While speaking on the topic of heroin in America, I’m often asked how much of our supply comes from Afghanistan, as we’ve been in a war over there for many years.
My answer, from interviews with traffickers, cops and DEA agents, is that most of our heroin comes from Mexico.
That view was confirmed this morning by William Brownfield, the U.S. State Department’s assistant secretary for International Narcotics and Law Enforcement Affairs.
In a conference call with reporters, Brownfield estimated that 90 to 94 percent of the heroin consumed in the United States originates in Mexico, with another 2 percent or so coming from Colombia and the remainder from other countries around the globe.
That represents a massive shift in our heroin supply since roughly 1980, when a lot of our heroin came from the Far East, and had for decades.
Interestingly, Brownfield said, a lot of Afghan heroin does make it to Canada, but not to the United States, where Mexican trafficking organizations, too close by, enjoy a more advanced and efficient distribution network, and offer therefore cheaper prices.
Brownfield was talking about the just-issued International Narcotics Control Strategy Report (INCSR), which talks a lot about the heroin/opioid problem in America. Brownfield’s message was a positive one about cooperation between Mexico and the United states on issues of drug enforcement.
A wall of law enforcement cooperation is in place, without constructing an actual wall, he said. Serious problems existed, he said, “but we have a far better architecture to address them today than we did in years past.”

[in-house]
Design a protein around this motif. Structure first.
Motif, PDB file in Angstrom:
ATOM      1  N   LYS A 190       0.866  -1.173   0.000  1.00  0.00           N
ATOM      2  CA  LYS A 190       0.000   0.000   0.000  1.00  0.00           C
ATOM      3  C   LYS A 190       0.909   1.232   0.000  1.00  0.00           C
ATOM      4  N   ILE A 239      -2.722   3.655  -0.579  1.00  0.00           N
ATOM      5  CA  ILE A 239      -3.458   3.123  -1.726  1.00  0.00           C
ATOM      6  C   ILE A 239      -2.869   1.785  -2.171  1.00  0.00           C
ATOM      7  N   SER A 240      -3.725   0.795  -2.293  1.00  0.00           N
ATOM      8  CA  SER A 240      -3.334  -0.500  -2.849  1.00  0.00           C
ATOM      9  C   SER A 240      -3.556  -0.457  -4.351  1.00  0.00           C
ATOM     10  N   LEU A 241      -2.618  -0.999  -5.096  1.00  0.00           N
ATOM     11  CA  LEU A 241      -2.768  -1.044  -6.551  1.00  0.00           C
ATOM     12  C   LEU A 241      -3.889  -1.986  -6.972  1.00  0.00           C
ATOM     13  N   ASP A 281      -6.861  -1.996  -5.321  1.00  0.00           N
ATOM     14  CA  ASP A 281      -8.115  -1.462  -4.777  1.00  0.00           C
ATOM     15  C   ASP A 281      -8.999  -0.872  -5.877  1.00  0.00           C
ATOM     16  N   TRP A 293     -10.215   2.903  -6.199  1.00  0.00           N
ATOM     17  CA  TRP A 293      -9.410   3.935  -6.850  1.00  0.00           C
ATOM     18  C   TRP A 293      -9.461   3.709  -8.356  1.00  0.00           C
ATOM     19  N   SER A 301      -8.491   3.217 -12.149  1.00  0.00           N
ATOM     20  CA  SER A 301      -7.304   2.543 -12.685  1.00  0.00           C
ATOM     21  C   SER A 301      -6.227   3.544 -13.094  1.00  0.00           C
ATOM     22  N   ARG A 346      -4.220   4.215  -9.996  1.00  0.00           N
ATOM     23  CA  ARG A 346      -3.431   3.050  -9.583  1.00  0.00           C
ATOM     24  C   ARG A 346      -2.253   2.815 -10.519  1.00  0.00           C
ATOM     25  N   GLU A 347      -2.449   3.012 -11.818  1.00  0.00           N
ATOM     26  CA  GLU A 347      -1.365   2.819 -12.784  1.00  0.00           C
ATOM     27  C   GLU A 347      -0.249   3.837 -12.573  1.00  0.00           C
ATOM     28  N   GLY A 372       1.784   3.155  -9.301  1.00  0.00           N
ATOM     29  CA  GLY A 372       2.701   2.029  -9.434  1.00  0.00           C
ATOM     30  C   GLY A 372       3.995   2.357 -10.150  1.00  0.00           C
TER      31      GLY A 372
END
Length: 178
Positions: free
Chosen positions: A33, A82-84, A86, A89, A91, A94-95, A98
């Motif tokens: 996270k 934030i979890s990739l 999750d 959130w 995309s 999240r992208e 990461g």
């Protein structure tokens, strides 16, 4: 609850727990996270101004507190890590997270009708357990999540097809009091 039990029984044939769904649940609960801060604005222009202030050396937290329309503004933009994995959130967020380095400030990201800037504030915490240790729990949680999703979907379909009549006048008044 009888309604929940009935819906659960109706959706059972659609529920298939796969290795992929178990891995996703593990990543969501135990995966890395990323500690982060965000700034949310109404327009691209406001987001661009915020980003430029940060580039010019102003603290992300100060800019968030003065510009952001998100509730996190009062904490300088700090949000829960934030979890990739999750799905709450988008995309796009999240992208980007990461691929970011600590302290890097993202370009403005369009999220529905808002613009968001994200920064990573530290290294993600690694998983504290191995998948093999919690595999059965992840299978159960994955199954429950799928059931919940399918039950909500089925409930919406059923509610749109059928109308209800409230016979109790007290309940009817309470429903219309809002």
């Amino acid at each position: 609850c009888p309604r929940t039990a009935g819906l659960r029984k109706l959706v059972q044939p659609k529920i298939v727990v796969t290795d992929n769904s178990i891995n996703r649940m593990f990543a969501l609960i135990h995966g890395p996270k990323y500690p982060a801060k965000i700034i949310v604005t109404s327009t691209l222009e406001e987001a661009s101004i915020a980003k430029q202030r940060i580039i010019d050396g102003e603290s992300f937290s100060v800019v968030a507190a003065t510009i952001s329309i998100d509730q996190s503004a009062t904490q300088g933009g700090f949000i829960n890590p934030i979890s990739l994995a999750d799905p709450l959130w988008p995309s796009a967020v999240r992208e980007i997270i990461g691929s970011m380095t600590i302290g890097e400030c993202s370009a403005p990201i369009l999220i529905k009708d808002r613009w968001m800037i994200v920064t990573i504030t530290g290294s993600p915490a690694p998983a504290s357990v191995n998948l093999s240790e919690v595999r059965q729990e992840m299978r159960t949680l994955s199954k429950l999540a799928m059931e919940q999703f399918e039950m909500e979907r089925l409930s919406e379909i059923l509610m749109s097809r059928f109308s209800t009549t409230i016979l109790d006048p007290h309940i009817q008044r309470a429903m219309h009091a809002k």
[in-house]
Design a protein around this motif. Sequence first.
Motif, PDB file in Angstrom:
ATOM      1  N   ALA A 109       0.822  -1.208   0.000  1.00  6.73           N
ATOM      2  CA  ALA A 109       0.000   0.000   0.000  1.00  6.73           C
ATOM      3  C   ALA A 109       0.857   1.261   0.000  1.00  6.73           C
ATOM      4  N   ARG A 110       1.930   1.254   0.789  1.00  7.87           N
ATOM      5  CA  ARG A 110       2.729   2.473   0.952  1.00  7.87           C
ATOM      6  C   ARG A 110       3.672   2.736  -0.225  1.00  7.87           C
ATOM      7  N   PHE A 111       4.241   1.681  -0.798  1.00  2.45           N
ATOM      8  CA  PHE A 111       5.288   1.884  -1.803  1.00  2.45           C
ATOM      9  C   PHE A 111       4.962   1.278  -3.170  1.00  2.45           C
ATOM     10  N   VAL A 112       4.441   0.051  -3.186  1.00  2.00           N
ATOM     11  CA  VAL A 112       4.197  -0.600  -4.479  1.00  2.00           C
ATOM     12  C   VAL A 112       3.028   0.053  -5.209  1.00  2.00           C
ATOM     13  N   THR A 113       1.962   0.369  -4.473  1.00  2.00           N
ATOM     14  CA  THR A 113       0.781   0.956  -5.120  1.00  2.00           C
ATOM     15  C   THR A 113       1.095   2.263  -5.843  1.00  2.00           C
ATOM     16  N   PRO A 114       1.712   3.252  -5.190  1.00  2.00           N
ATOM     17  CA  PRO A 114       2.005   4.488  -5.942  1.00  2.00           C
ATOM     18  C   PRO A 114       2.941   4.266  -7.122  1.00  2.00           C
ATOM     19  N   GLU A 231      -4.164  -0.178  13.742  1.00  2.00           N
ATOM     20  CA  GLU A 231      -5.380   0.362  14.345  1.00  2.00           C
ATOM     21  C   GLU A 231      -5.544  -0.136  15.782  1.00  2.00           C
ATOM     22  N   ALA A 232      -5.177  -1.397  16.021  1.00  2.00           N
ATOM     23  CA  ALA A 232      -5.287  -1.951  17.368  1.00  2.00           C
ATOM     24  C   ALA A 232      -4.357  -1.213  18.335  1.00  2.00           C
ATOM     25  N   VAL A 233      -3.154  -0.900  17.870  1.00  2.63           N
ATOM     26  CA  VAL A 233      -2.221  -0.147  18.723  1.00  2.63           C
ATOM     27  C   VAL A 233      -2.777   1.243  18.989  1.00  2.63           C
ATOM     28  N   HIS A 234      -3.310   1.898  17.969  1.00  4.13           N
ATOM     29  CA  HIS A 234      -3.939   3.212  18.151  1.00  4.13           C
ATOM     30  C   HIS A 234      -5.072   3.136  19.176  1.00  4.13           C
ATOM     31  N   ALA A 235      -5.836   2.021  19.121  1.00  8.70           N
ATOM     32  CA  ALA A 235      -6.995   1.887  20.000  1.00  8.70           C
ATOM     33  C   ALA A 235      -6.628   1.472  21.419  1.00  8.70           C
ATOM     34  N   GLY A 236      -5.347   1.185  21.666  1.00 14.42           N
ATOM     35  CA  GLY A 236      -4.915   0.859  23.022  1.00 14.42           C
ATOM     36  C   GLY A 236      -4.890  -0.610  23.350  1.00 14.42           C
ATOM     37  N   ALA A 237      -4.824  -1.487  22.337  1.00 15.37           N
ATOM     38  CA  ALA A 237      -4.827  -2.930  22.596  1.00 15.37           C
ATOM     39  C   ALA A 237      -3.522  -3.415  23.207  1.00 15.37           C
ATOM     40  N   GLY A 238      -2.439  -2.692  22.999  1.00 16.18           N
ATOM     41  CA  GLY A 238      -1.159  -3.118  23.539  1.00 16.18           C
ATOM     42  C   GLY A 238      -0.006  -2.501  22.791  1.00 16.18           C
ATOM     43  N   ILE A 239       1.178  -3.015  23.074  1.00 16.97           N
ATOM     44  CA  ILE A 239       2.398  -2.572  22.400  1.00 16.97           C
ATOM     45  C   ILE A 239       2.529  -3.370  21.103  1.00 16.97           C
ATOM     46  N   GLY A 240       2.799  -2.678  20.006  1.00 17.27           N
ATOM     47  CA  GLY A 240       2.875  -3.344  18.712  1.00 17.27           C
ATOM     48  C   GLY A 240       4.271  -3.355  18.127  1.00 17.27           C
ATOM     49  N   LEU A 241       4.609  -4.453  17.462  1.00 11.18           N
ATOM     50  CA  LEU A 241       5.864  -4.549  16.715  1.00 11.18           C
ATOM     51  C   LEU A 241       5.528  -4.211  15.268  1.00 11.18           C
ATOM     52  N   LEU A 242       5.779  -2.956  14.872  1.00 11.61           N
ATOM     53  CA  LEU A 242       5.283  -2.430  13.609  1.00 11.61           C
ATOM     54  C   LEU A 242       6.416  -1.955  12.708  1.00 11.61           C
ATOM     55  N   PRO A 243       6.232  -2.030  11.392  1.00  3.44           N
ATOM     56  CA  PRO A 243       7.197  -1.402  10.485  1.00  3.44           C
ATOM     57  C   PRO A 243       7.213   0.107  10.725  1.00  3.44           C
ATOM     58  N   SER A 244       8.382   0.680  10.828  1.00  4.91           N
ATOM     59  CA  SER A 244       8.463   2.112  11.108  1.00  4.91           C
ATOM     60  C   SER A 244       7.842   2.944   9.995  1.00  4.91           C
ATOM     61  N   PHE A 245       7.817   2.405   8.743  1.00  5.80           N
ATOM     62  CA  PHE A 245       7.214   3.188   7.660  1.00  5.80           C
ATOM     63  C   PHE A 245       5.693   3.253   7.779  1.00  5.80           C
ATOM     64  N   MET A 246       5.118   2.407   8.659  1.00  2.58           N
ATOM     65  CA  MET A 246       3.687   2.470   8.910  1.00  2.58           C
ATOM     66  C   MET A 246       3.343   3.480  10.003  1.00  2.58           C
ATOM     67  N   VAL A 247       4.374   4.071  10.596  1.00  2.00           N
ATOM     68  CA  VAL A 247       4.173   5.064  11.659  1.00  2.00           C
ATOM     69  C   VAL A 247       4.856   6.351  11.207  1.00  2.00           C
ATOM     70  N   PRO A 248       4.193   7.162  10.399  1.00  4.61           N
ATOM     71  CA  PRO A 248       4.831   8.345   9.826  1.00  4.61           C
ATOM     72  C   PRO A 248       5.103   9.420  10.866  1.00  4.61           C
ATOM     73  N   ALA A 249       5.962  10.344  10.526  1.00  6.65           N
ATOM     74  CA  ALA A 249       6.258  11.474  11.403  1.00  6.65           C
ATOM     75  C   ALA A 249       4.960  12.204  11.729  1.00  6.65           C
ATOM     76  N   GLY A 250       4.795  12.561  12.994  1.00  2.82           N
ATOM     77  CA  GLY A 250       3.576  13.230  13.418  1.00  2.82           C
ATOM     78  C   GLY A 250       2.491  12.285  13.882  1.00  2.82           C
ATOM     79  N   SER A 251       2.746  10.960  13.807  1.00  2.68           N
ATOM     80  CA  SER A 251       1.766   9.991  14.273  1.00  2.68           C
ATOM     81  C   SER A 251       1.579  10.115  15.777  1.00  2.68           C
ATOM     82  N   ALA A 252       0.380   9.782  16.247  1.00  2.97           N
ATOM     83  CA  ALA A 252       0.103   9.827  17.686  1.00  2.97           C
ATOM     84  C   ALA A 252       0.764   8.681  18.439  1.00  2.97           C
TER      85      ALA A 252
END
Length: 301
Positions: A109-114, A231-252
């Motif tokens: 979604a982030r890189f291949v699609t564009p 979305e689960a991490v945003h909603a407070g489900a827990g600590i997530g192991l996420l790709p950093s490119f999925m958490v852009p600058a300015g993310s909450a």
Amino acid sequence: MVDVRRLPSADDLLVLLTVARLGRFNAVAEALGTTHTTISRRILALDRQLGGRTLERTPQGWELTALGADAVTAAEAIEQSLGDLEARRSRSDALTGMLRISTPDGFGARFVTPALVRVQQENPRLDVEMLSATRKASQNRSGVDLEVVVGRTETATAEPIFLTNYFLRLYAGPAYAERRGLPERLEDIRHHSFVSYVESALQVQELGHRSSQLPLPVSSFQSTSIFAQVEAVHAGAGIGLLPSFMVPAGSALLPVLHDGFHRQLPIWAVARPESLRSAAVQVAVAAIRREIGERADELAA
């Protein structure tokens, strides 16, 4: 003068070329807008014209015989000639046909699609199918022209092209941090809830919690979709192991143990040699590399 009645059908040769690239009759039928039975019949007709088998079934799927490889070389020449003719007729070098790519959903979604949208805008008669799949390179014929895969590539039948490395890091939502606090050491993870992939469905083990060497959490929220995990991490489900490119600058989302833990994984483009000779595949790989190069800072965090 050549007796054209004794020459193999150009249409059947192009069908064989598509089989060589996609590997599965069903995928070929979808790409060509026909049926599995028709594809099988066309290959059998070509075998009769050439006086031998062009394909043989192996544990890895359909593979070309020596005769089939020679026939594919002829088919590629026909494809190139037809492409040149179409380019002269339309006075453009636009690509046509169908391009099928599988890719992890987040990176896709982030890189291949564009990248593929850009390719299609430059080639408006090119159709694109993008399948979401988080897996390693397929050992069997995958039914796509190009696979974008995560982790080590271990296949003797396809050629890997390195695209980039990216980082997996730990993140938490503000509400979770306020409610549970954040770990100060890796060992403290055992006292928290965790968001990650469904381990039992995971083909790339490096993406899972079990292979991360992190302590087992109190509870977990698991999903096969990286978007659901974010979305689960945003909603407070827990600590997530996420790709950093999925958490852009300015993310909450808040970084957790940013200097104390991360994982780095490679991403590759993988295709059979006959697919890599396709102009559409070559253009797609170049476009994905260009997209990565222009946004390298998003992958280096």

Nevertheless, his answer on heroin’s origin stunned even me. I would not have guessed the estimate would be that high.
I’ve written elsewhere about my belief that it’s unlikely that more border walls between the two countries will do much to staunch the flow of heroin into the United States. What’s really necessary is even deeper cooperation, frank discussion with Mexico that a wall and the emotion it provokes would do much to corrode.
Yet Brownfield’s response highlights two things worth mentioning.
One is that Mexico must truly step up to this challenge. Its unconscionable that such a high percentage of illegal highly addictive dope come from one country to another. China had a similar issue in the 1800s, when the British forced opium into that country, resulting in the massive addiction of Chinese people for decades after.
If border walls are insulting to Mexico, it must understand that they are proposed because of Mexico’s own failings – both with regard to law enforcement and criminal justice, and in channeling the desires of its most hardworking citizens, who then feel the need to migrate illegally to the United States.
Second is that U.S. demand for heroin grows organically out of doctors’ massive prescribing over the last 20 years of pharmaceutical narcotic painkillers – the subject of my book DREAMLAND — something that no border wall will stop, of course. Also, if we get into discussions with Mexico about this topic, soon that discussion will also turn to our very accessible market for guns, many of which then go south through a variety of channels and end up being weapons in that country’s bloody drugs wars. So if we ask a neighbor to behave with maturity, we better be willing to do the same.
We have almost 700 miles of walls along the border that separate the two countries. Drugs aren’t much trafficked through those areas that have no walls, most of which are in forbidding terrain. Our drugs, instead, are trafficked through ports of entry where walls already exist. They are trafficked in cars, trucks, and by pedestrians. With heroin, the problem is exacerbated, as I’ve written elsewhere, by the fact that is the most condensable drug, thus the most easily and profitably trafficked,and one that we now have a huge demand for.
All in all, the issue begs a binational, cooperative solution, seems to me.